Village Farms International Inc. Stock Profile
It has been some time since I profiled a food company so this week I am looking at Village Farms International Inc. (“Village Farms”). Village Farms has been in operation for 30 years and operates seven greenhouse facilities in British Columbia and Texas. It is one of the largest producers of greenhouse tomatoes, bell peppers and cucumbers in North America. Interestingly, the produce is grown hydroponically, without the use of soil in glass enclosed, monitored environments. It is the sole grower of mini San Marzano tomatoes in North America. I see Village Farms produce regularly at my local supermarkets so I was interested in learning more about this company.
Village Farms has more recently been in the news for its strategic decision to enter the cannabis and hemp industry. It now has 1.1 million square feet of greenhouse operations dedicated to cannabis production in Canada with an addition 3.7 million square feet available for production. With one of the largest greenhouse operations in the US, it also has substantial space in the US available if or when cannabis becomes legal throughout states in the US. In this vein, Village Farms announced this past July that is now has a 50% ownership, along side Emerald Health Therapeutics, in Pure Sunfarms Corp, which is set to become one of Canada’s largest vertically integrated cannabis companies. Pure Sunfarms Corp. is operational and currently selling dried cannabis to Emerald Health Therapeutics. Pure Sunfarms Corp. went from selling and growing tomatoes in one of Village Farms’ greenhouses to growing and selling cannabis in just seven months. Village Farms had revenue in 2017 of $206 million with EBITDA (earnings before interest, tax, depreciation and amortization) of $9.6 million.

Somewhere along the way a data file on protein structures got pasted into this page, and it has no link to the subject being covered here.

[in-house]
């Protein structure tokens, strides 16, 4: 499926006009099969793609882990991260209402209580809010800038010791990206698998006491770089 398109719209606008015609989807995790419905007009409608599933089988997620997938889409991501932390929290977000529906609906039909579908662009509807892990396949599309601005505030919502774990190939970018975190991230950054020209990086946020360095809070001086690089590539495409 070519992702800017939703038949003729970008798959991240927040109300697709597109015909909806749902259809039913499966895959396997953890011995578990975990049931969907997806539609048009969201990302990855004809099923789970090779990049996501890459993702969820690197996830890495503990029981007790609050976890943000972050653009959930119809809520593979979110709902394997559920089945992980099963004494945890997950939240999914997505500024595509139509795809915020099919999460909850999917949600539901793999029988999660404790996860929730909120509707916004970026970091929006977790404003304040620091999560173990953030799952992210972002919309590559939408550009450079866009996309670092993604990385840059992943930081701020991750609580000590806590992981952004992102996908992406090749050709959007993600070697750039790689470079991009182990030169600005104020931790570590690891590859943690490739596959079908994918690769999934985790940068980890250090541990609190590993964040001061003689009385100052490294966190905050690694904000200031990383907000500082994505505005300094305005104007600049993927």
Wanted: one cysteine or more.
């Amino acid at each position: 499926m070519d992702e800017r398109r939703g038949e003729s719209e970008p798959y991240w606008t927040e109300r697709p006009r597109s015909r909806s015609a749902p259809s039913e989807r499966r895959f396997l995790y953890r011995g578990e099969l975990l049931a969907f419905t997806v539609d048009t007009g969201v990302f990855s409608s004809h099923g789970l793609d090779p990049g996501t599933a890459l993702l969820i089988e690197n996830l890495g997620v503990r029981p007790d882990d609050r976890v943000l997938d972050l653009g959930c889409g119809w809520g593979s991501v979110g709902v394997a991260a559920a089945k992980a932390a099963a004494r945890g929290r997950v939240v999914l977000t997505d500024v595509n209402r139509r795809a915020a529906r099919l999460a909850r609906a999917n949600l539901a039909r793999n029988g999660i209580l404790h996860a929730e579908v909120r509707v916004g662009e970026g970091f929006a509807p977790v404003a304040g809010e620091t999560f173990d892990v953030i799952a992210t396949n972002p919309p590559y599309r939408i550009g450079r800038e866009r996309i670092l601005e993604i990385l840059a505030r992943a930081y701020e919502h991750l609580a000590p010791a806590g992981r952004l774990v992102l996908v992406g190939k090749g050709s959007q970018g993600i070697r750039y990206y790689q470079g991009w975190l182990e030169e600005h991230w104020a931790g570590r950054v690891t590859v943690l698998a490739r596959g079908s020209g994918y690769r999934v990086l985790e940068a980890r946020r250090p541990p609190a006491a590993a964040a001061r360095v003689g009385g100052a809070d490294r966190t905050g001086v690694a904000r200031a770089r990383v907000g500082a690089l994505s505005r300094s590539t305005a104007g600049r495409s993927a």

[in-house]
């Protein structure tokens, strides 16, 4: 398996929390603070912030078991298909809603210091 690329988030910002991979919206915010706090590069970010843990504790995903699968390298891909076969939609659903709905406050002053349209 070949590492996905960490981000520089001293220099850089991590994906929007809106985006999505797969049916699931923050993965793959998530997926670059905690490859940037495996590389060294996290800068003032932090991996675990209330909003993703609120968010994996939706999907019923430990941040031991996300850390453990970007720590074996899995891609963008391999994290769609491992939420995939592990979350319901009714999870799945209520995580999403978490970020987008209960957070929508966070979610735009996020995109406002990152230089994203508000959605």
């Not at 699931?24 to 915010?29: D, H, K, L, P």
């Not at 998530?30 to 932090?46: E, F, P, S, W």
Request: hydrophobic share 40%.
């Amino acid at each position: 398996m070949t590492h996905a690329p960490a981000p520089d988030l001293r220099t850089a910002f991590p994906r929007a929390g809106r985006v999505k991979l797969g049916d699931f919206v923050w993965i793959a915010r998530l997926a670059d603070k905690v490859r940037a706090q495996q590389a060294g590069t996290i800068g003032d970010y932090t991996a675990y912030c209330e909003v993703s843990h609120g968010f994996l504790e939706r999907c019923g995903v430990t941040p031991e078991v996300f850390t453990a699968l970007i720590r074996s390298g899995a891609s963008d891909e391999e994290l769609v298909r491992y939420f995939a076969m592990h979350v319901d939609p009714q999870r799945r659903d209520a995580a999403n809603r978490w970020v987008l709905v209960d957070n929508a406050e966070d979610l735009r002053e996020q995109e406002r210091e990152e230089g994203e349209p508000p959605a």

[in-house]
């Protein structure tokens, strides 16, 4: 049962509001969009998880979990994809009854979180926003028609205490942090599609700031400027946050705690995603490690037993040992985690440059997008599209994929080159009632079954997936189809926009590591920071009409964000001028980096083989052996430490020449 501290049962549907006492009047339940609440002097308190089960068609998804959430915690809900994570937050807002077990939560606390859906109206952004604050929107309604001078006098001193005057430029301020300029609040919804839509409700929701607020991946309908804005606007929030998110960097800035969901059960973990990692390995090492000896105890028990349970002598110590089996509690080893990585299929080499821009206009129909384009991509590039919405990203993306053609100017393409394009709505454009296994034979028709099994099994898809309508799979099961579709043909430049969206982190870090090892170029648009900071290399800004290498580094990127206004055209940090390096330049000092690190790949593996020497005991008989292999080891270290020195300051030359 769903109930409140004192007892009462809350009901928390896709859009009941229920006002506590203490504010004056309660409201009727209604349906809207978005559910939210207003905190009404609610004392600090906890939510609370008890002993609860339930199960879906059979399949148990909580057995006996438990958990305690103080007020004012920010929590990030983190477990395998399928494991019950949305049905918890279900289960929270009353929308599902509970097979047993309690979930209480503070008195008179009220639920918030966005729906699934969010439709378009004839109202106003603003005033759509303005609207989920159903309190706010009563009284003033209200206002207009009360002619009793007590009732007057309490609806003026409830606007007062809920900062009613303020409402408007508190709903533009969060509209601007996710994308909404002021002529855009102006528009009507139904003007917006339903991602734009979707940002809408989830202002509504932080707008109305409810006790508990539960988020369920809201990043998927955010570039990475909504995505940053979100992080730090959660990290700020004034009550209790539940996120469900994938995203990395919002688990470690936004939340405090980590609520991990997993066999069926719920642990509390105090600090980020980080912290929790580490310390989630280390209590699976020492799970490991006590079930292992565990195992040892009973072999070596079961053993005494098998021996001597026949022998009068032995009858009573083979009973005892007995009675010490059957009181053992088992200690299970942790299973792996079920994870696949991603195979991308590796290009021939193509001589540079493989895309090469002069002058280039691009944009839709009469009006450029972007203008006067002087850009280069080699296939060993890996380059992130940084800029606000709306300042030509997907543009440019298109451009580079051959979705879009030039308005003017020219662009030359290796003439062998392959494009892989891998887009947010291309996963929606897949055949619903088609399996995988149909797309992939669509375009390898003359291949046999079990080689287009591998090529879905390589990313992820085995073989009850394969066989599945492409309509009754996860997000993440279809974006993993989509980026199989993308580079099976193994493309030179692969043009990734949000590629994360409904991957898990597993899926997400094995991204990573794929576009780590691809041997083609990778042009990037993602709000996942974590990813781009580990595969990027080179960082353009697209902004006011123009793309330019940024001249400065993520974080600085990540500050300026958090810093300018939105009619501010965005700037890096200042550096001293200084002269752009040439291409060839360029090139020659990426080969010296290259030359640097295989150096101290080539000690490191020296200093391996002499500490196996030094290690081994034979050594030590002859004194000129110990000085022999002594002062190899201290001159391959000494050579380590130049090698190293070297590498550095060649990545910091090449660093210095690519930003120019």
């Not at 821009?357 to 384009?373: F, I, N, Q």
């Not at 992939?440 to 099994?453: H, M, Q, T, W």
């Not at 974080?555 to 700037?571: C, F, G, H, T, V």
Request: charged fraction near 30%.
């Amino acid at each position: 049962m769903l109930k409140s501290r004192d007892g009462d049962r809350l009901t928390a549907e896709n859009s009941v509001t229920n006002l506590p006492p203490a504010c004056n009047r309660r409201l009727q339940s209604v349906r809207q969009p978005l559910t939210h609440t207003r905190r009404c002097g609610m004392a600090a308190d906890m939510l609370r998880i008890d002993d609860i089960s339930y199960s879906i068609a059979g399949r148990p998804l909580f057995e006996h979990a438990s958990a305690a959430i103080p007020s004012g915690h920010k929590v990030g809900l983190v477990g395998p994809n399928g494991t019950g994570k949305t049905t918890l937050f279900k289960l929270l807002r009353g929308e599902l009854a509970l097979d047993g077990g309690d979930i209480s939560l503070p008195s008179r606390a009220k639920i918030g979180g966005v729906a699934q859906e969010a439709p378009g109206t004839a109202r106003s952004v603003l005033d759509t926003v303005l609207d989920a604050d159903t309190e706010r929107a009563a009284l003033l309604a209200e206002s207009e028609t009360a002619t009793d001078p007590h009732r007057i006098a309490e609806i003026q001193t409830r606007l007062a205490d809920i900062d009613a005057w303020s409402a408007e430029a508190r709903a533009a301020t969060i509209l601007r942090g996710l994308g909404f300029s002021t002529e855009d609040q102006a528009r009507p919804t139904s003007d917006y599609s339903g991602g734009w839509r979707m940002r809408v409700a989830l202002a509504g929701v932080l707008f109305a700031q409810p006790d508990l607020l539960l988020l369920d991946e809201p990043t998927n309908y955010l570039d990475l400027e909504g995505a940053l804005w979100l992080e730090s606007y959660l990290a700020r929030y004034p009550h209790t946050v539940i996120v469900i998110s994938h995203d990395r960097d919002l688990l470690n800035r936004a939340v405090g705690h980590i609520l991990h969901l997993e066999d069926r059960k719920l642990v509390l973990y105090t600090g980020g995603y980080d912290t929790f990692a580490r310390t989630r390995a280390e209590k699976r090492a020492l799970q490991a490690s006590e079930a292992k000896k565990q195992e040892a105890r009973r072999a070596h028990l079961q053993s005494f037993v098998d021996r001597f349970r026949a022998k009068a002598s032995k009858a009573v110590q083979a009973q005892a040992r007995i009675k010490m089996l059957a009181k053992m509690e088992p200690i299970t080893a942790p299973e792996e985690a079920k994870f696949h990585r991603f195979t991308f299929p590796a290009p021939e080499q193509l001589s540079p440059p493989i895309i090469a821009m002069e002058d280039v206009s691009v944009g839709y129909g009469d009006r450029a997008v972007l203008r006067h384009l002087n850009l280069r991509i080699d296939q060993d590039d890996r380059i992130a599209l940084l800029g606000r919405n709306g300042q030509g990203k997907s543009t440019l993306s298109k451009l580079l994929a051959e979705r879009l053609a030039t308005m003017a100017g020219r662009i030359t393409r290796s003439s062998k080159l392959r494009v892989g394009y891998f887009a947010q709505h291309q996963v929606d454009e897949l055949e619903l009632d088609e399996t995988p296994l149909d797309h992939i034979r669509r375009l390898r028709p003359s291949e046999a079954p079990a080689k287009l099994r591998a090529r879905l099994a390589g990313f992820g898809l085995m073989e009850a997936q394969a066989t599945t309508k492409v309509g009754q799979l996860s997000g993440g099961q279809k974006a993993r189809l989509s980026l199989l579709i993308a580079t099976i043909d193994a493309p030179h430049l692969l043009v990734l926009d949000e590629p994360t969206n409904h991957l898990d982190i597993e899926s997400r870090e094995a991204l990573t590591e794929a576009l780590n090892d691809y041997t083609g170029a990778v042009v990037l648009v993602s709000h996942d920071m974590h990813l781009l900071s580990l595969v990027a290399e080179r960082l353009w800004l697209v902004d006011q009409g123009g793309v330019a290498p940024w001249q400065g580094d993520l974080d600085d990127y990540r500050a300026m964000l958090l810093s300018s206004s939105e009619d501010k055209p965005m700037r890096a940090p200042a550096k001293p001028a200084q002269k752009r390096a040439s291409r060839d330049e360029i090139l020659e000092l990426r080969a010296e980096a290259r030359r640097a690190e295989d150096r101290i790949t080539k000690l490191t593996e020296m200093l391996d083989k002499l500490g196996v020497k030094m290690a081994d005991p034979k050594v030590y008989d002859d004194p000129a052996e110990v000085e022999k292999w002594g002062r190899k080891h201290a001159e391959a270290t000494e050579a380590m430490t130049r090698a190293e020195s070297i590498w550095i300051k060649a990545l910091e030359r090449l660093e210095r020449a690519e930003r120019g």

Clearly, Village Farms is uniquely positioned, unlike almost any other company given its extensive greenhouse experience, to make a seamless transition to the lucrative cannabis market.
· As stated many times on this site, I, nor ZSM Creative Inc. operating as The Capital Pink, are financial advisors and have no financial accreditations. I am applying some basic evaluation tools to this stock along with some commentary, but this should only serve as a starter for your further research. The information below is only current to the day this post was written which may or may not be the same day as this post was published so please update the ratios and numbers to the current day before relying on them as they may have significantly changed (see How Do I Evaluate a Stock? (Part One) for information on where to find the ratios and numbers online). Please read my Legal Disclaimer. Also, I do not own Village Farms International Inc. stock and am not affiliated with them in any manner.
What is Village Farms stock doing?
As at November 18, 2018, the numbers from our basic stock evaluation tools are as follows:
Share price: $6.26
One share of Village Farms would cost $6.26. The price over the past 52 weeks has ranged from $4.05 to $9.80. So, it is trading in the middle of that range.